THE PENTAGON has confirmed that traces of the nerve agent sarin were detected in an Iraqi artillery shell that was found and detonated in Baghdad on May 15. To suggest that this discovery proves the Bush administration was right to go to war against Saddam Hussein is close to ludicrous.
Yet it would be equally foolhardy simply to dismiss this find. Chemical weapons are serious business -- and where there was one shell, there may be more.
Some background: No one disputes that Iraq produced nerve agents, and used them, during the 1980s. In 1991, the United Nations ordered Iraq to dispose of them. Allegations that Iraq had failed to comply were cited by the Bush administration to justify last year's invasion. It was, in our view, a flimsy excuse for war. In any case, the deadly stockpiles never turned up.
The 155 mm shell that was found 12 days ago apparently dates from before 1991. Arms control experts suspect that the insurgents who had the shell were unaware of its contents. But are there others?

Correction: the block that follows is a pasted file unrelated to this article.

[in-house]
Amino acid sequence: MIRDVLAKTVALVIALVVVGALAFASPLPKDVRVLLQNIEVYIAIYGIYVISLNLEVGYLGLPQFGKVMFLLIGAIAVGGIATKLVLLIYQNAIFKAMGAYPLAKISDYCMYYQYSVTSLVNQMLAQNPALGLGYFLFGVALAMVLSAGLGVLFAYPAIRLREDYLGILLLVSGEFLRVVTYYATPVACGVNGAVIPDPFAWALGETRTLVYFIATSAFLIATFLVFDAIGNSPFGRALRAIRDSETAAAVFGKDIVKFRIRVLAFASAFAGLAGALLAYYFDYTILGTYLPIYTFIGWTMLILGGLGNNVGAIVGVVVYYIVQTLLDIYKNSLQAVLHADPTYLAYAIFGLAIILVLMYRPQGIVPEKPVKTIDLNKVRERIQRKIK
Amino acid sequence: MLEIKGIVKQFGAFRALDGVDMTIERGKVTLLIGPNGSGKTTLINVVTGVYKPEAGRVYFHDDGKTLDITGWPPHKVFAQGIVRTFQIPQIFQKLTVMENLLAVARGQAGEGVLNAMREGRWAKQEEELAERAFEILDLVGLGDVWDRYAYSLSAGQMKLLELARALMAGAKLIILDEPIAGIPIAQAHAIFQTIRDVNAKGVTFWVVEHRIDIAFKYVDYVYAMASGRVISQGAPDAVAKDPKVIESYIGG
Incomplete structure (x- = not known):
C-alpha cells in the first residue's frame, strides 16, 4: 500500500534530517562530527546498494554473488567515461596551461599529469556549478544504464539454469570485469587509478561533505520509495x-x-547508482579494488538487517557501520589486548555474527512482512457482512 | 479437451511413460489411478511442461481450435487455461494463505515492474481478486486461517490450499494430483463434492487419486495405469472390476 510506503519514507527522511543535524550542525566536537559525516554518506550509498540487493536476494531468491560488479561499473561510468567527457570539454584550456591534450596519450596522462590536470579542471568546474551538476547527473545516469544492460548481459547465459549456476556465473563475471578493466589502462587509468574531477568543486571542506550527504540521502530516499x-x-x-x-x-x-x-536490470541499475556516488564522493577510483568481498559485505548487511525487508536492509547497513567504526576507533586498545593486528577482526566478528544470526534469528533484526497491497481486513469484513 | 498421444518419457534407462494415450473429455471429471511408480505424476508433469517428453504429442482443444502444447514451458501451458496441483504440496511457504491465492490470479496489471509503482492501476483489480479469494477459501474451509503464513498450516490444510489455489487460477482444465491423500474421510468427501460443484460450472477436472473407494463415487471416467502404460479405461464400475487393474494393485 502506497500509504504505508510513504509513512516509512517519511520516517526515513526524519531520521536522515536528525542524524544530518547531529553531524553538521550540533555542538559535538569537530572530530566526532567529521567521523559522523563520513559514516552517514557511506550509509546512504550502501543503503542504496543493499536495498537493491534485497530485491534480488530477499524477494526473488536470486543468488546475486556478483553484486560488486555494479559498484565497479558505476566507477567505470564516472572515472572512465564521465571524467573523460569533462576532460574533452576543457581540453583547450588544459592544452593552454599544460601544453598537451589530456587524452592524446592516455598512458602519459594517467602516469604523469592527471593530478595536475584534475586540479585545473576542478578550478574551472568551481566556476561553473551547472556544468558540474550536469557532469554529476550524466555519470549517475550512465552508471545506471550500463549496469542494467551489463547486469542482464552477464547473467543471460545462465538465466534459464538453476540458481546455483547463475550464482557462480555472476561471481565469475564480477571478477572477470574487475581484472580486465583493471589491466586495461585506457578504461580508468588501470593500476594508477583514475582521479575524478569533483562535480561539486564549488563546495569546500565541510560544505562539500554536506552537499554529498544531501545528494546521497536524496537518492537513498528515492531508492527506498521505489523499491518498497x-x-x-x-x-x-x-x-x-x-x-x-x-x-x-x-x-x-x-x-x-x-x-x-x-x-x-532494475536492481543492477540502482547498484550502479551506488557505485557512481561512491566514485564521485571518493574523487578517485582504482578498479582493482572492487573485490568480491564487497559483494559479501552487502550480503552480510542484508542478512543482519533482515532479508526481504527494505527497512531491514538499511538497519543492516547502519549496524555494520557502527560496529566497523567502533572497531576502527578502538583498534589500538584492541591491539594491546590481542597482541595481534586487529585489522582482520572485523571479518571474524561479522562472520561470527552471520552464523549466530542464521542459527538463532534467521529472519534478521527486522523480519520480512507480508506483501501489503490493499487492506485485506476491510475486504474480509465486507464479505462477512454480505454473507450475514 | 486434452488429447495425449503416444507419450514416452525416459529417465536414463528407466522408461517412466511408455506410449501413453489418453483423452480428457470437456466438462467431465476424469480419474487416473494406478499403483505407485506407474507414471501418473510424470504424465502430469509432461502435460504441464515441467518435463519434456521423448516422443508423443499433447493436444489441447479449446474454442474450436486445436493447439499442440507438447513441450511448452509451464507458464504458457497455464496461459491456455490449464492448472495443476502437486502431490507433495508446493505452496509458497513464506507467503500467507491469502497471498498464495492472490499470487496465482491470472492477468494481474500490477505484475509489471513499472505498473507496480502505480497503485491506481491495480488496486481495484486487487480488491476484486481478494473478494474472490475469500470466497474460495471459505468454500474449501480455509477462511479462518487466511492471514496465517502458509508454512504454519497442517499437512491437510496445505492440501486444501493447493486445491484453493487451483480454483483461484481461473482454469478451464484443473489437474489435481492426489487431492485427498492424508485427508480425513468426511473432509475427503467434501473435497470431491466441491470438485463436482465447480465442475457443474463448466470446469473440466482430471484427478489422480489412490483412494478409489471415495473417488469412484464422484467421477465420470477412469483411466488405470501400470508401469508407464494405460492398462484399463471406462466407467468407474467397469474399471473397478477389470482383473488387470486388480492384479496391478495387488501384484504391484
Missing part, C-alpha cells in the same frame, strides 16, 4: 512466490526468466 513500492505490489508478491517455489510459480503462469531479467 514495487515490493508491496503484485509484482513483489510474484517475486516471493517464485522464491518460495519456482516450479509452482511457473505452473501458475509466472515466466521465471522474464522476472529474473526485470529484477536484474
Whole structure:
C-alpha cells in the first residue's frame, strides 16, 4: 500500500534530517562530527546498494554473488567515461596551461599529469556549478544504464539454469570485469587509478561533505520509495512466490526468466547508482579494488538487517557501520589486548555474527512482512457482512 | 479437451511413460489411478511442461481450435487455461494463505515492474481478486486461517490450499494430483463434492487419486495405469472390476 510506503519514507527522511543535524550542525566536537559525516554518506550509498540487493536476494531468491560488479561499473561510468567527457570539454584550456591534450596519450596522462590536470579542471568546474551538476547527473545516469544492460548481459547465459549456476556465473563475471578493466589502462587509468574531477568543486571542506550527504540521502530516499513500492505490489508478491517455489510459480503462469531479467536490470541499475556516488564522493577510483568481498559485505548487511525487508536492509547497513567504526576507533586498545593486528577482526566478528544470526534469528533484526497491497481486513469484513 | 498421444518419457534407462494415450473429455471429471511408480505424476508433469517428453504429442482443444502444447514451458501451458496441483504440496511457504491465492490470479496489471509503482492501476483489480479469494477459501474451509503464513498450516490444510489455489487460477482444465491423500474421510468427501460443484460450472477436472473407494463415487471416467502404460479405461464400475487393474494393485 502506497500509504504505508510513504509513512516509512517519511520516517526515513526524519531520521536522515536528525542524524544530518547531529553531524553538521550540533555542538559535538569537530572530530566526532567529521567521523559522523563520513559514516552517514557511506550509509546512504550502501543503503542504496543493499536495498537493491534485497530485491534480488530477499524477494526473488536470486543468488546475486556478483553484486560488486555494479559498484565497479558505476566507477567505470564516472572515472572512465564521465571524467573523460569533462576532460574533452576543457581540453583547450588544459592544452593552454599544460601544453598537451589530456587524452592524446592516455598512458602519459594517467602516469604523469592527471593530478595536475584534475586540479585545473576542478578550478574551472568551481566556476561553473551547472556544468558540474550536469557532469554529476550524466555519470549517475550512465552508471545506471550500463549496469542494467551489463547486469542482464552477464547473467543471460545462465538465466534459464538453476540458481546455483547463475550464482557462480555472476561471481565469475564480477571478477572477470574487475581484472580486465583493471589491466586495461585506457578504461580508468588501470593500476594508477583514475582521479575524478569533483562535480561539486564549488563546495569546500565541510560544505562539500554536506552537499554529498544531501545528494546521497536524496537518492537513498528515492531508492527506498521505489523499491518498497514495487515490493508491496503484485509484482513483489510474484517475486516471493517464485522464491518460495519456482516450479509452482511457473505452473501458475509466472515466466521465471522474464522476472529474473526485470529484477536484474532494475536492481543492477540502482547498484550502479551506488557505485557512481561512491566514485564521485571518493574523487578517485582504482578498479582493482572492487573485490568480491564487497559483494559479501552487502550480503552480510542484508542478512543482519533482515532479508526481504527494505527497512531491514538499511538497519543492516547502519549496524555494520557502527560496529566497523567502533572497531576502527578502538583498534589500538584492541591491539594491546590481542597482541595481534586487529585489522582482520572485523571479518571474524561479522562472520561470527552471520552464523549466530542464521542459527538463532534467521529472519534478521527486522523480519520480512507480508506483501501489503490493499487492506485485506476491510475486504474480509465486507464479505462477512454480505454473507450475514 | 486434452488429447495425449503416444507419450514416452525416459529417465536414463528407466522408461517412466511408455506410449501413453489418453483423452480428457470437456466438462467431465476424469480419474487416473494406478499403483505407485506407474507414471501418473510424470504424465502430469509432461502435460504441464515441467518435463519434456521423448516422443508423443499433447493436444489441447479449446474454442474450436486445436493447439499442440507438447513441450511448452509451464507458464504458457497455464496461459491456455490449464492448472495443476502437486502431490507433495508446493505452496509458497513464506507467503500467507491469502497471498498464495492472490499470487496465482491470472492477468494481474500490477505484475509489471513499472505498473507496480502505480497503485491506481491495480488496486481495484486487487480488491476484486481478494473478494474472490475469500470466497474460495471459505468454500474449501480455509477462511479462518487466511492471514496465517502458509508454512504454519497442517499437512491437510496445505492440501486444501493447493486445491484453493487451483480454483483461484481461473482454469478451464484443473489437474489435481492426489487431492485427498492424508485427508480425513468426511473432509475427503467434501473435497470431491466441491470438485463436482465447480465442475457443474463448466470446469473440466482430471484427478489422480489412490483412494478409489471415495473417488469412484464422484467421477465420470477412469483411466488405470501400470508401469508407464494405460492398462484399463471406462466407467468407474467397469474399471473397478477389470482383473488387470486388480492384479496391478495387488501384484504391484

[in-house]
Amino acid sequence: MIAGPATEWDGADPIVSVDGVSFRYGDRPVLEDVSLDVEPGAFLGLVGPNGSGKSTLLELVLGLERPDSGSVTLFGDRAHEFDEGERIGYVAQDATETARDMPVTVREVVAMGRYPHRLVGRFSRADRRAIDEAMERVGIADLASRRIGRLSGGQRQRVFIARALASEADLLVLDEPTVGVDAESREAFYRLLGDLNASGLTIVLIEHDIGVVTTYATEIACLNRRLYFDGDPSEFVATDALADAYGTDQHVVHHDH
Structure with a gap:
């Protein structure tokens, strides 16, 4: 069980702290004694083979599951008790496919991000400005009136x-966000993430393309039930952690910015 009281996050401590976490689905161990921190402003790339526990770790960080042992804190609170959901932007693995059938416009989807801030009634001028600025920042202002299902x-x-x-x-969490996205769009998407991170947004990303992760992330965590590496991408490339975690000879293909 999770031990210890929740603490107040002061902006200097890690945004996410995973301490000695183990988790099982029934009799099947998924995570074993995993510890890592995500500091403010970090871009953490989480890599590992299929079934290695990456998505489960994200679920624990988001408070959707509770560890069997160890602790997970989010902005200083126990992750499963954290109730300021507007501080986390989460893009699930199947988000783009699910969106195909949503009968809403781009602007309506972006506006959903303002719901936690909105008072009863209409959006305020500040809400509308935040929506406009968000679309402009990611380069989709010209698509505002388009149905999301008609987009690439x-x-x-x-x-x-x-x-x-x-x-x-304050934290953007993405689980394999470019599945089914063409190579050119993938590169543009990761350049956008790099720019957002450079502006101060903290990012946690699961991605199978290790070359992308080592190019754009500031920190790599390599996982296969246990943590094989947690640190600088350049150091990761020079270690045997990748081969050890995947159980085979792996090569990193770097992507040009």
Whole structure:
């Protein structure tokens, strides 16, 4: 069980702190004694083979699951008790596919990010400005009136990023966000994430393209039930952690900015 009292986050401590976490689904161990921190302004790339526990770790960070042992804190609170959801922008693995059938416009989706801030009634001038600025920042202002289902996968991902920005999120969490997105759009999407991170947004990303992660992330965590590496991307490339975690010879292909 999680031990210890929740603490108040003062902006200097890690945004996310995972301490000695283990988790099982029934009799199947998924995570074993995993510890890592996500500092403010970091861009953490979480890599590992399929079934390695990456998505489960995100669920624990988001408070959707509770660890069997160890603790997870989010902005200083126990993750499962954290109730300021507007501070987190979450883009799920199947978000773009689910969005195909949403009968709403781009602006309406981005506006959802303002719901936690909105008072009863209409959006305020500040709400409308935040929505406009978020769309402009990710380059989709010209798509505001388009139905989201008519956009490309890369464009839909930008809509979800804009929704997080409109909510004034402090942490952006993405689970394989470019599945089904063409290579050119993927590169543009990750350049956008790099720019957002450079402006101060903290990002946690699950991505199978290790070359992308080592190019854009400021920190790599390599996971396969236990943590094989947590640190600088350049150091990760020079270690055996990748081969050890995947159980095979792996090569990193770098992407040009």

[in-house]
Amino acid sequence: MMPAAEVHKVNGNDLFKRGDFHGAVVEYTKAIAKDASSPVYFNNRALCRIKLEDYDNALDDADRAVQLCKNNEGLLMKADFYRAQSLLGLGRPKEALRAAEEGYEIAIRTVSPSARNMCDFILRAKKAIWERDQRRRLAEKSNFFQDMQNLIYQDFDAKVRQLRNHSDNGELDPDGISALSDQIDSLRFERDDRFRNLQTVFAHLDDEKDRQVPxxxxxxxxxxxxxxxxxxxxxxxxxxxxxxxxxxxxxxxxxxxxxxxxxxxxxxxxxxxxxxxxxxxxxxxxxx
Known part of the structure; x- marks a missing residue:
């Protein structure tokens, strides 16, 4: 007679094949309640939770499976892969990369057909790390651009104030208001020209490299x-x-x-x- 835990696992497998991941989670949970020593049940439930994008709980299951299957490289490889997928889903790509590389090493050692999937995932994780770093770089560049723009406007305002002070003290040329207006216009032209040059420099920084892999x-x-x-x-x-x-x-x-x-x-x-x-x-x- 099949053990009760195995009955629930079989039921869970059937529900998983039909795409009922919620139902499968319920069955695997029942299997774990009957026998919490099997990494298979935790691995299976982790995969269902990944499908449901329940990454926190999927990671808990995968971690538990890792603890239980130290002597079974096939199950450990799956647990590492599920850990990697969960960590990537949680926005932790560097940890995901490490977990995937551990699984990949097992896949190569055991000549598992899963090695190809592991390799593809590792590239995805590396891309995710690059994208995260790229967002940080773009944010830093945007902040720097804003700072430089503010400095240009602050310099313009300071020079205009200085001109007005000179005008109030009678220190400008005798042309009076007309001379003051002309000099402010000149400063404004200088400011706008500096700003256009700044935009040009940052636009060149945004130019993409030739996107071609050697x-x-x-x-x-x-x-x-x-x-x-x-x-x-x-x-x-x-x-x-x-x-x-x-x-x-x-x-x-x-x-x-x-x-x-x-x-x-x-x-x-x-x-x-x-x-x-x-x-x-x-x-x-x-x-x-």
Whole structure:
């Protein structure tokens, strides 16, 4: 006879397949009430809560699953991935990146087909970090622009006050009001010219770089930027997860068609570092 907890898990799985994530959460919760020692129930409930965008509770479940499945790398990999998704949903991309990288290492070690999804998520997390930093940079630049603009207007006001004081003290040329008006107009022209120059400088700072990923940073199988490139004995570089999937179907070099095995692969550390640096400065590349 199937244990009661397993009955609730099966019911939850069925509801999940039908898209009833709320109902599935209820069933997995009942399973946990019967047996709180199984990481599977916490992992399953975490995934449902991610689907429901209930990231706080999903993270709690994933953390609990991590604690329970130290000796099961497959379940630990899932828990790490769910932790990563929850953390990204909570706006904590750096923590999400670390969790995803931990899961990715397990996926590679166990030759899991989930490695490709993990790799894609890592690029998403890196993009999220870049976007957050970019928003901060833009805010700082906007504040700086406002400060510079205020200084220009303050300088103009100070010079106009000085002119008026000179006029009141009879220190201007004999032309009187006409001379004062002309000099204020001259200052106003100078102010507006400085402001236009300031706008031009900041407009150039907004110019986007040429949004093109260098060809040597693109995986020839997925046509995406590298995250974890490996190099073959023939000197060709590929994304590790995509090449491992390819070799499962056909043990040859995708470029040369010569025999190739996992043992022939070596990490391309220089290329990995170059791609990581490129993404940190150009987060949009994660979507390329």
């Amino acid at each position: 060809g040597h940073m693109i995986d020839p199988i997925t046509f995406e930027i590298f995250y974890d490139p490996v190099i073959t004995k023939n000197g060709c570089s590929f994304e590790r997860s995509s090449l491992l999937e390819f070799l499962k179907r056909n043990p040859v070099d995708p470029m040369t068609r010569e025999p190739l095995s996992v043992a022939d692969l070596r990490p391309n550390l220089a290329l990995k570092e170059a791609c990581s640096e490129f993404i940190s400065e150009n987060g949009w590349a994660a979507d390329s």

Conventional wisdom holds that the Hussein regime actually did destroy its prohibited weapons but chose not to admit it. A few diehards in Washington still hope that American troops may yet stumble upon a large hidden store of such munitions. A third possibility is that chemical and perhaps biological arms were smuggled out of Iraq just as the war got under way last year.
That is a frightening prospect. It could mean that even now, Iraqi nerve agents are ready for use in Islamabad or Istanbul, in Nairobi or Moscow, in Tokyo or New York. It would also mean that the U.S. effort to contain Iraqi weapons was worse than a failure -- that in fact the invasion of Iraq was the direct cause of their proliferation.
Here's hoping that the conventional wisdom is right -- that virtually all the Iraqi weapons have long since been destroyed. Terrorists, of course, can be perfectly effective using conventional explosives, but chemical weapons, banned by international convention, hold a particular horror. That said, it is worth noting that Iraq was hardly the only country with a chemical weapons program; U.S. intelligence, for what it's worth, lists 15 other likely candidates. Nerve agents are not that difficult to produce, and their effect can be devastating.
The point, then, is this: Sarin and its counterparts do pose an urgent threat, worldwide, and no one should be made complacent by their relative absence in Iraq. At the same time, a blunt and ill-advised frontal assault, such as America launched against Baghdad, may be about the worst way to go after them.